BB: I'd say after going through the game this morning, I feel pretty much the same as I did last night. I have a lot of respect for the way our team competed. I'm proud of it. [We] had guys battling right to the very last play with a chance to tie or win, however you want to look at it. I think each of us that competed in the game, players, coaches, all feel the same way – probably a couple plays, couple calls, couple whatever, that we'd all like to have back. In a close game like that, I think you always feel that way. This is no different. Denver is a good football team. We had some opportunities, but in the end just came up a little bit short and that's obviously a disappointing feeling at this time of the year. [We'll] turn the page here and move on, and start the process all over again. That's where we're at.
Q: With all the talent you have, why is it so hard to win a playoff game in Denver?
BB: It was a very competitive game yesterday, and like I said, it came down to a couple plays and they made one or two more than we did. That's the way I saw it.
Q: Why have road playoff games given you a problem?
BB: Well, I gave my thoughts on yesterday's game. That's the game we're talking about.
Q: How would you describe this year as a whole?
BB: I mean we did a lot of good things, won a lot of games and came up short in the end, so it's bittersweet.
Q: Have you already started to think about things for next year? Is there anything in particular that you're going to be looking at?
BB: We'll do the same thing we do every year. We'll look at everything that we did, try to analyze that. We'll look at whatever the opportunities are going forward and whatever areas those fall in, make the decisions that we feel are best for the team to improve – same thing we do every year. There's no change.
Q: How did the process of challenging the Broncos' forward pass go down? Who tipped you off?
BB: Well, I think when we saw the play live, it looked questionable in terms of the forward pass. It's a tough play for the officials to see because the guys on the line of scrimmage can't see it and the referee and the umpire are behind where the quarterback is throwing the ball, so you don't really see that straight-line throw. It's not like the quarterback is under center and he throws the ball out and you have a line-of-scrimmage official there. So I know it's a tough play to officiate based on the location of where the ball was released and so forth. And so it was close, and we looked at it upstairs. I felt like, again, by rule the ball has to be going forward, not parallel but forward, and I just didn't think it was.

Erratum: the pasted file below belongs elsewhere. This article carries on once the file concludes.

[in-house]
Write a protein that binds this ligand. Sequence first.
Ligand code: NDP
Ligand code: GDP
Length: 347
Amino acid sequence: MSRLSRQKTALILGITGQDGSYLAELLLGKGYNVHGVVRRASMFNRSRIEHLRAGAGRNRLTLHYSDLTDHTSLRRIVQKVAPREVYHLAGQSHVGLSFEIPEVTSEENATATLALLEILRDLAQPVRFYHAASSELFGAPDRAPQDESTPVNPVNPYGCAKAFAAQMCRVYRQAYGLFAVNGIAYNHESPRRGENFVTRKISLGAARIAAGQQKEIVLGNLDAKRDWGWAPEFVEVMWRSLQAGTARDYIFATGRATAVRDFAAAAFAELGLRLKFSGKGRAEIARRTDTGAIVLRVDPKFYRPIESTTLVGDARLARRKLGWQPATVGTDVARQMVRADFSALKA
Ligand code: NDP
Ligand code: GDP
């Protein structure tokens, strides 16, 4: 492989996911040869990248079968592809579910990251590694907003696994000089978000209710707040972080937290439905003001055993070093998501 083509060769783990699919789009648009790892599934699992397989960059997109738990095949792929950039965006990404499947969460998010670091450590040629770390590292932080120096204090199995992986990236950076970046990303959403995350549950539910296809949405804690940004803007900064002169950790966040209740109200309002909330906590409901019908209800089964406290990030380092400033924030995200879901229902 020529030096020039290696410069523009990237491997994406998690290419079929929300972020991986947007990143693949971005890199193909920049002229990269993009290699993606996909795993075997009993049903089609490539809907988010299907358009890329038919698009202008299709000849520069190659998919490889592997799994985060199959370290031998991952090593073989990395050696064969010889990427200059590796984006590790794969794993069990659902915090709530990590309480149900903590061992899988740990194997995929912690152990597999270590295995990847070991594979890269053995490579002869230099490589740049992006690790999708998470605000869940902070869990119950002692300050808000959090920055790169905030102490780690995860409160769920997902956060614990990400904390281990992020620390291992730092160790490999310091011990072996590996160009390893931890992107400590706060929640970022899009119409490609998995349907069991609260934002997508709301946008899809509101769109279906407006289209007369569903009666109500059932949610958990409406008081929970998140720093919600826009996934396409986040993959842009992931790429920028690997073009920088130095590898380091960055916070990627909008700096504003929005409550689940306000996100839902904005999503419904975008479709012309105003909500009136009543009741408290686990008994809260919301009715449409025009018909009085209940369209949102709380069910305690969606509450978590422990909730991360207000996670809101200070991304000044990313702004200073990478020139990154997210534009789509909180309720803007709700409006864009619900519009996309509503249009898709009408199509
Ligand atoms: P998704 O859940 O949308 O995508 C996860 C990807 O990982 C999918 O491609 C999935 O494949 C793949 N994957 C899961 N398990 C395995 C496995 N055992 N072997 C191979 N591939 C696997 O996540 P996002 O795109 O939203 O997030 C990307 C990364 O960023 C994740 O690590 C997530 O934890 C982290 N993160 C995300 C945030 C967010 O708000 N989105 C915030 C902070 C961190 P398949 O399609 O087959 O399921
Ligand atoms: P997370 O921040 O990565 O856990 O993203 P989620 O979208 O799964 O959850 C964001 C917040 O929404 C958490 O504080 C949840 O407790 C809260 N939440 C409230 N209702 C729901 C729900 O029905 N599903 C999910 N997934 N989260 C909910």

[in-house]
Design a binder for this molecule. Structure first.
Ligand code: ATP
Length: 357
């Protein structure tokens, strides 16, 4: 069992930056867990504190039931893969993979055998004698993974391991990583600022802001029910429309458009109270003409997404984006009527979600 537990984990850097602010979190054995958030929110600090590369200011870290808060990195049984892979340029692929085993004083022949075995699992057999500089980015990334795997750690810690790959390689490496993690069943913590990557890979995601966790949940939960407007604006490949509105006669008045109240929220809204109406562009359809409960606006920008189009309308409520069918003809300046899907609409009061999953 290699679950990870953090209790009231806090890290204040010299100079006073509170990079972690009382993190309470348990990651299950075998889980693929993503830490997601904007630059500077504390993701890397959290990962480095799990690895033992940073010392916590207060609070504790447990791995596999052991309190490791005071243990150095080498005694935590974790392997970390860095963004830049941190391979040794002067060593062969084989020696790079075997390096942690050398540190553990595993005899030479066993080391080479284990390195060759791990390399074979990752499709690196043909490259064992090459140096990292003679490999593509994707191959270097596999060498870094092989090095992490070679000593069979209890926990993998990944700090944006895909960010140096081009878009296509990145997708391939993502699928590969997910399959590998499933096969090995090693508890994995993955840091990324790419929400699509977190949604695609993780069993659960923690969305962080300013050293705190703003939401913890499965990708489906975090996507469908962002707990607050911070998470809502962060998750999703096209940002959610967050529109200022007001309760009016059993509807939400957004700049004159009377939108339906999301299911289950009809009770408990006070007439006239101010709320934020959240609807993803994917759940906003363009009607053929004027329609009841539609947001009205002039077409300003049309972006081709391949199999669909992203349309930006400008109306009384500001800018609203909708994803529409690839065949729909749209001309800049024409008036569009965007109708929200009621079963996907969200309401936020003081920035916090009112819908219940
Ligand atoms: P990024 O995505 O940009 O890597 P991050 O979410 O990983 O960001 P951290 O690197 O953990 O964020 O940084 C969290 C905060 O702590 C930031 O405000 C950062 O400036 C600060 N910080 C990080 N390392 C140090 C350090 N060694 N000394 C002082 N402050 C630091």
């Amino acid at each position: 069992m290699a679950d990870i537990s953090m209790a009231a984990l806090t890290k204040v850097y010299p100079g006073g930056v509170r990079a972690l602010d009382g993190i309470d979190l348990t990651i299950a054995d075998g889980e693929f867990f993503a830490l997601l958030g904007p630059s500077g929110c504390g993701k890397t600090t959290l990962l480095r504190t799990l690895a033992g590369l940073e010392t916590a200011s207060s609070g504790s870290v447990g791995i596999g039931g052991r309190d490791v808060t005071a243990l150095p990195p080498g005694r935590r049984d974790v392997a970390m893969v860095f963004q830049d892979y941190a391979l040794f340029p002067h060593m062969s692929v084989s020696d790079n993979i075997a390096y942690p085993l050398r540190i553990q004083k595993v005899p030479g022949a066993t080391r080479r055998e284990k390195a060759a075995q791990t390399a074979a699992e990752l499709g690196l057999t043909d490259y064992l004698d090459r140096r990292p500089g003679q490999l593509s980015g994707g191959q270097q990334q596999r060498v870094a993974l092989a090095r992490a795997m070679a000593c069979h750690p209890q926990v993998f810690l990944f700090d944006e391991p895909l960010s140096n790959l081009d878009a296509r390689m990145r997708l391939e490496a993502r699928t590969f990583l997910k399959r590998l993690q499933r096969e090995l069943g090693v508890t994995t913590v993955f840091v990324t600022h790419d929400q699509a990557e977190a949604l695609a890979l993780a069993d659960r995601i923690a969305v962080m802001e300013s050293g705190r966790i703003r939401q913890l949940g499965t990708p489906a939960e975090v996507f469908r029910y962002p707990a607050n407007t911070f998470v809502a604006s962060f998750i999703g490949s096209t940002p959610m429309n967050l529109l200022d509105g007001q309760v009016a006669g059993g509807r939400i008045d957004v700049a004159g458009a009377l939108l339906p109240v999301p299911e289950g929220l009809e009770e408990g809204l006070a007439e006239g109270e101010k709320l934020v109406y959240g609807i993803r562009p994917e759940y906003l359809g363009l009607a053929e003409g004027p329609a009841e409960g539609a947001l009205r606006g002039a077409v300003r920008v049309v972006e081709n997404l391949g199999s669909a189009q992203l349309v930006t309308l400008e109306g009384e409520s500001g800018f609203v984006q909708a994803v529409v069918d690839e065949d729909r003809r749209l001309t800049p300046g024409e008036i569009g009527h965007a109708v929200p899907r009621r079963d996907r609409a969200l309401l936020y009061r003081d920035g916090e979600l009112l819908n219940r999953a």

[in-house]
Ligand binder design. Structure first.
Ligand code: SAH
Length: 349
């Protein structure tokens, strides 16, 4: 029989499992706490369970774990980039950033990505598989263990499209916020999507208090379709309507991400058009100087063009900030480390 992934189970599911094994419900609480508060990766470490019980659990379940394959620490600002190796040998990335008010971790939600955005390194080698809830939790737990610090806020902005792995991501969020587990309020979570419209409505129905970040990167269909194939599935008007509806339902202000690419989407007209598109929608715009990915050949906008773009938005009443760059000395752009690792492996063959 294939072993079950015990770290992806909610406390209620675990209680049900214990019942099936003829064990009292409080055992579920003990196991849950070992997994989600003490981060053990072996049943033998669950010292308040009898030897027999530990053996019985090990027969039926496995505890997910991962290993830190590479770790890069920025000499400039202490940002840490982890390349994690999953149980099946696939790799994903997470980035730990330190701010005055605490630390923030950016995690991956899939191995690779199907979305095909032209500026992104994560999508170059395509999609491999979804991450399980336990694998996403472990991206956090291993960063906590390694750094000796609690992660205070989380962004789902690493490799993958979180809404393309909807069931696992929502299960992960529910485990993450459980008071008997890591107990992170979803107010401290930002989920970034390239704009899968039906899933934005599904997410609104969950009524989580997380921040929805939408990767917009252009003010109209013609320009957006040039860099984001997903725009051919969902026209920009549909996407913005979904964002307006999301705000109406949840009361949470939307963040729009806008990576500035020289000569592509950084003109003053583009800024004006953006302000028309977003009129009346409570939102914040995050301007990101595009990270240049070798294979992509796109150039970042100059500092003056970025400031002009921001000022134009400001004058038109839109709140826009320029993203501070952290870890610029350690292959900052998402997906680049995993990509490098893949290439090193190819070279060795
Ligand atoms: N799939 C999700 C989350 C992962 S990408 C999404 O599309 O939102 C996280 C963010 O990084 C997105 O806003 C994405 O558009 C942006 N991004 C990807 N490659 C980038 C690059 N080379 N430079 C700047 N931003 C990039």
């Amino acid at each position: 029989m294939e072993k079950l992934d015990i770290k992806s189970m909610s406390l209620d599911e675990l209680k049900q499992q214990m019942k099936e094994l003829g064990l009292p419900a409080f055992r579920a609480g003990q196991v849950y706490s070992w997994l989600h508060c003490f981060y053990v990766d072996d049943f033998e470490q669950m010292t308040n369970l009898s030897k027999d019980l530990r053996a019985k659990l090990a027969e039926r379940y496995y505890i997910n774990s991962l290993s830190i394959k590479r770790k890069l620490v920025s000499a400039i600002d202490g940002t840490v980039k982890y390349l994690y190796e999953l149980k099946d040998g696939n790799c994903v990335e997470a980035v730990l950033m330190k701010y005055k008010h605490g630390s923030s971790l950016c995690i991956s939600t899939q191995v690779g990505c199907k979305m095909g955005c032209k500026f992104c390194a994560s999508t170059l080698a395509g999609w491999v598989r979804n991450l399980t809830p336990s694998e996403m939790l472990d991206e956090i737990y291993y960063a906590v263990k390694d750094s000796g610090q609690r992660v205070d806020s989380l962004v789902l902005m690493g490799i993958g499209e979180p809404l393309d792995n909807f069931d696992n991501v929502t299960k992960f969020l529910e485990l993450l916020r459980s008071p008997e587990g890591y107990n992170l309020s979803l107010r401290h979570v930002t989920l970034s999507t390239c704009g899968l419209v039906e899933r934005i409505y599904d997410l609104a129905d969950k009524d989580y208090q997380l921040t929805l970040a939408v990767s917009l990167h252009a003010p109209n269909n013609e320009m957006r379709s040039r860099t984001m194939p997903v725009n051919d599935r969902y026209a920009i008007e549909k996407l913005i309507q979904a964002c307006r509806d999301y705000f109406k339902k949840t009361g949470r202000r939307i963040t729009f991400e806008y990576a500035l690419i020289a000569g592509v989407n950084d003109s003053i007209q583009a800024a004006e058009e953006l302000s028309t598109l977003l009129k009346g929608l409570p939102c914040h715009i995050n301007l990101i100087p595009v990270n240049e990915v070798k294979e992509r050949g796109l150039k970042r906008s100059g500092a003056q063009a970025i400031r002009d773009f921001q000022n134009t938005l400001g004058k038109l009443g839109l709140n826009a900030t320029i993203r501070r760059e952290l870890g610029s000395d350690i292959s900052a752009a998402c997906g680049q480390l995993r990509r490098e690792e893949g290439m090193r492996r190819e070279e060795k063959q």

Q: What were your thoughts on Jonathan Freeny's awareness to pick up the ball?
BB: Good, that's what we teach them day one. So he did what he's been taught to do, and it was a good reaction on his part.
Q: What made you elect to receive at the start of the game?
BB: It was a combination of factors, and we felt that was the best way to go.
Q: Was one of the factors potential weather in the second half?
BB: It didn't look like it was going to be much of a factor in the game. I mean as you know, I'm not going to really put any stock into what the reports are. At that point I'll go with what I see, and I didn't really see much there.
Q: We saw you exchange words with Peyton Manning at the end of the game. What are your thoughts on possibly playing against him for the last time?
BB: No, I don't have anything to share. I shared it with Peyton.
Q: How much time do you give yourself to go over the film from last night's game versus prioritizing on things you need to look at in the offseason?
BB: Well, we'll take care of that game first. I've already done that. Although there is more to do, but I'll do that first and then move ahead. But we have a lot of things to do today with the players coming in. [It's] the last time we'll see some of them for a period of time here, so there are definitely some things to take care of with the team.
Q: It looked like there were some issues with the tablets on the sideline. Was that resolved to your satisfaction?
BB: It is what it is. It is what it is. It's a pretty common problem. We have ways of playing, working through it. There's really nothing you can do. It's not like the headsets where the other side is really affected. You deal with what you deal with, and we've had it at home, we've had it on the road. Other teams have had it. It's a fairly common problem. That didn't affect the outcome of the game. I mean, no way, but it's just part of it. Sometimes they work. Sometimes they don't.
Q: Do you have access to the old school pictures?
BB: Yeah, we take those as a backup. Absolutely, we take those as a backup, or well, in some cases we use those in lieu of the tablets. In some senses that's more dependable.
Q: Do you ever second guess yourself personally on calls or looking back at a game or a season? Do you ever personally reflect on yourself looking back at a season or a particular game?
BB: All the time.
Q: Is that frustrating? Do you learn? What are some of the things you look back on?
BB: We look at everything. We look at everything. We look at various points in the year and look back on training camp, the draft, OTAs, each and every game, end of the season. We do all that. And we critique ourselves. We critique all the things. We do it all. We try to find areas we can improve in, and we try to address those.
Q: Do you regret anything about your approach to the Miami game and not winning that game and not getting home field advantage all the way through?
BB: Again, we evaluate everything. So those evaluations, we look at them, we take them and we try to move on from them.
Q: Stephen Gostkowski is taking the loss really hard. Can you share anything you said to him?
BB: Any conversations I have with the players – our players and other players – will be between myself and that player. I hope you respect that privacy, and I try to keep that. That's the way it's always been, and that's the way it will always be.
Q: Any thoughts about Gostkowski?
BB: Steve's a great kicker. He had a great year for us, and as I said at the beginning, I think every player and coach who participated in the game wishes there were a couple of things they would've done differently. I feel that way. Everybody I've talked to feels that way. I can't imagine anybody who participated in the game doesn't feel that way.
Q: He says he feels like it was his fault.
BB: I think we all feel that way – I feel like it's my fault. I'm sure all the other players who played feel like it's their fault.
Q: With 6:03 left in the fourth quarter, you decided to go for it instead of kick the field goal from the 16-yard line. What is the thought process when you're making that decision?
BB: Time and number of possessions that you have left and what you need to do and the number of opportunities that we had to do that. It wasn't very many.